Aquinas scholar argues against Anselm’s view of atonement

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Steven McDowell
Contributing Writer

On Thursday, Feb. 2, the University of Dallas’ philosophy department hosted the 30th annual Aquinas Lecture in Lynch Auditorium. Dr. Eleonore Stump, the Robert J. Henle Professor of Philosophy at Saint Louis University, gave the lecture, titled “Love, Forgiveness, and Atonement.”

Stump is the 30th recipient of the Aquinas Medal, awarded every year since 1983 to eminent Thomists and other Christian thinkers who work in the tradition of St. Thomas Aquinas. According to Dr. Philipp Rosemann, the chairman of UD’s philosophy department, the lecture seeks to “honor the heritage of St. Thomas Aquinas” and to bring in contemporary thinkers who work “in the footsteps of Thomas.” Rosemann called Stump “one of the leading American Thomists,” whose synthesis of analytical philosophy, Thomism and the biblical narrative is unique.

In particular, Rosemann cited Stump’s book, “Wandering in Darkness: Narrative and the Problem of Suffering,” as “a dialogue with analytical philosophy that includes biblical narrative and medieval philosophy woven together.”

After accepting the Aquinas Medal, Stump said that her lecture aimed to “look carefully at the Anselmian doctrine of atonement in light of the doctrine that God is perfectly loving,” which is put forward by Aquinas.

Stump then summarized Aquinas’ account of love, basing her argument around the claim that all love consists of “two interconnected desires: the desire for the good of the beloved and the desire for union with the beloved.” Using this foundation, Stump proceeded to explain human and divine love, anger and hatred as aspects of this framework. According to Stump, certain kinds of anger and hatred are actually love, because they aim at the “long-term good of the beloved.”

Stump then attempted to refute the Anselmian doctrine of atonement, which states that a just penalty must be paid before God can extend his forgiveness to anyone. If God were to withhold his forgiveness until a penalty be paid, He would be effectively withholding His love indefinitely, since man is not able to pay the infinite debt he owes to God, she argued.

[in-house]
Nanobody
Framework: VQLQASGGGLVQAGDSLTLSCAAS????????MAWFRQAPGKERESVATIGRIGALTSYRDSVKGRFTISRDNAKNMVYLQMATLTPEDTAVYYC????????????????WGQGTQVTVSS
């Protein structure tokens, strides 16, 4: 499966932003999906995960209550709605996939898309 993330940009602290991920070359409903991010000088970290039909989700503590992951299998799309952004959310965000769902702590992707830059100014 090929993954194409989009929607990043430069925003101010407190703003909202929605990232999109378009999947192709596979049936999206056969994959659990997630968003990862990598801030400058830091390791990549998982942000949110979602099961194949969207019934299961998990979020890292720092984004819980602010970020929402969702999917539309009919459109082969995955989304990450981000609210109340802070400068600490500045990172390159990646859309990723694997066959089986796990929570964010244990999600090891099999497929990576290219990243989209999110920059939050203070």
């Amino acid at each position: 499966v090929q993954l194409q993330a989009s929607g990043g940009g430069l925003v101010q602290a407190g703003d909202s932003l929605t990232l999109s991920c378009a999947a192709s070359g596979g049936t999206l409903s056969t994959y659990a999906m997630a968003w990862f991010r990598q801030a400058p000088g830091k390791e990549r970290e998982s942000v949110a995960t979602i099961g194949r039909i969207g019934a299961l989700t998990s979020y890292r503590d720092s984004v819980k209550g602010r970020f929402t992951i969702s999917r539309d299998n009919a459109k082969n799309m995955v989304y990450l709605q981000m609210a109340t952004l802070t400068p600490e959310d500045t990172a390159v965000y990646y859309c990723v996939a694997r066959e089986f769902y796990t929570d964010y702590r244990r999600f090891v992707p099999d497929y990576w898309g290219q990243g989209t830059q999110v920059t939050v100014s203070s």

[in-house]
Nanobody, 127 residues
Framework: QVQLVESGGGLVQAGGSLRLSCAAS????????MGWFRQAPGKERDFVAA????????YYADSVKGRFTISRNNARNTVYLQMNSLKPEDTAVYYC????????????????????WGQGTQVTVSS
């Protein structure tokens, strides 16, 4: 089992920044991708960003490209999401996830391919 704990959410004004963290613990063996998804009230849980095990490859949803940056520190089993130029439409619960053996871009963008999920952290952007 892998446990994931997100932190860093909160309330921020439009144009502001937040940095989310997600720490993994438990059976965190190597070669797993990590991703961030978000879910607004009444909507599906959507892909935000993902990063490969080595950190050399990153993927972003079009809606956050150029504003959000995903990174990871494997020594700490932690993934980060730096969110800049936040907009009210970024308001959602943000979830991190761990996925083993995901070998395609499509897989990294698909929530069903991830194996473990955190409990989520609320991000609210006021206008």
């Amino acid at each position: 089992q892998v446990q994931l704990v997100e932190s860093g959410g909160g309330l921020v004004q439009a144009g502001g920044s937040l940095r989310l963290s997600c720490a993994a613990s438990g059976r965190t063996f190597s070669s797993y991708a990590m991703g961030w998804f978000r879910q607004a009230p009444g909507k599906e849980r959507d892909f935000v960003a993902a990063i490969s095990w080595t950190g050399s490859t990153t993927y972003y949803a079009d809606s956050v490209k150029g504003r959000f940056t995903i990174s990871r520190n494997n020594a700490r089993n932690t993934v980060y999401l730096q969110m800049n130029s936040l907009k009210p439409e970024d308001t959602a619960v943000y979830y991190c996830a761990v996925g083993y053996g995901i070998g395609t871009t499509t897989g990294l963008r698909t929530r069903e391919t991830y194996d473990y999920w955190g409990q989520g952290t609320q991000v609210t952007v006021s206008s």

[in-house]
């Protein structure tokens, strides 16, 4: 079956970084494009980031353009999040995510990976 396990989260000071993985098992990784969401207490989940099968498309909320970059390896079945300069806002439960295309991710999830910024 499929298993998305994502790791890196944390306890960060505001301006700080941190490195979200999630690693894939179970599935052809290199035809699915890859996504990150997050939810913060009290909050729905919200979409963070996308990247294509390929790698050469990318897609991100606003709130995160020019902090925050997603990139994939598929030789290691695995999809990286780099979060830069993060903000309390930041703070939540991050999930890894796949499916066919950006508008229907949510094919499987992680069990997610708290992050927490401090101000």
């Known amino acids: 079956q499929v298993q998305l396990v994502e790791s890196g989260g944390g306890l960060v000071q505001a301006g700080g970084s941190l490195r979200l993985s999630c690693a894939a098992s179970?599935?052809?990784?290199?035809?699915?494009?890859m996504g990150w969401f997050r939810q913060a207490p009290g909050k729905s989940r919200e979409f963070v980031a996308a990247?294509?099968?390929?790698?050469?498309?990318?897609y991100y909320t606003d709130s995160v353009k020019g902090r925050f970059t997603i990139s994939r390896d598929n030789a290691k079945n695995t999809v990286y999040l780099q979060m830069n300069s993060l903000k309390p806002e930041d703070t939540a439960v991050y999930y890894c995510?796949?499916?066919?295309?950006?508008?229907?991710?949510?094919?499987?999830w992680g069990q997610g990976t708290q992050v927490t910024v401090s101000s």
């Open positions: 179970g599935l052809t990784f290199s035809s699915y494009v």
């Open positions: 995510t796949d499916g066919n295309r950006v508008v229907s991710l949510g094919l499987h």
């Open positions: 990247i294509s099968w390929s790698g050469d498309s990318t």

Stump asserted that such an action would be impossible for a truly all-loving God and that instead, God necessarily extends his love and forgiveness to man at all times. Thus, because God extends His love unceasingly, Stump claimed, the responsibility for union with the divine lies squarely on the shoulders of man, whose free will allows him to accept or reject God’s constant love.

Philosophy professor Dr. William Frank offered a response to Stump’s lecture, which lauded Stump’s ability to use “philosophy to throw light on the contents of faith,” but lamented Stump’s failure to account for the place of Christ in the process of atonement and divine justice.  After Stump responded to Frank’s criticisms, a short question-and-answer period was held, followed by an open reception in Gorman Faculty Lounge.

1 COMMENT

  1. Right, I agree with Frank. Wasn’t the “just penalty” paid by Jesus for us on the cross? Although, God’s grace was present in the lives of the Jews and others before Christ came, and some of those guys didn’t really atone. But again to agree with Frank, before Christ resurrected the Jewish prophets were merely in the “Bosom of Abraham”, not heaven. Original sin has got to play in here somehow, no quite sure how…

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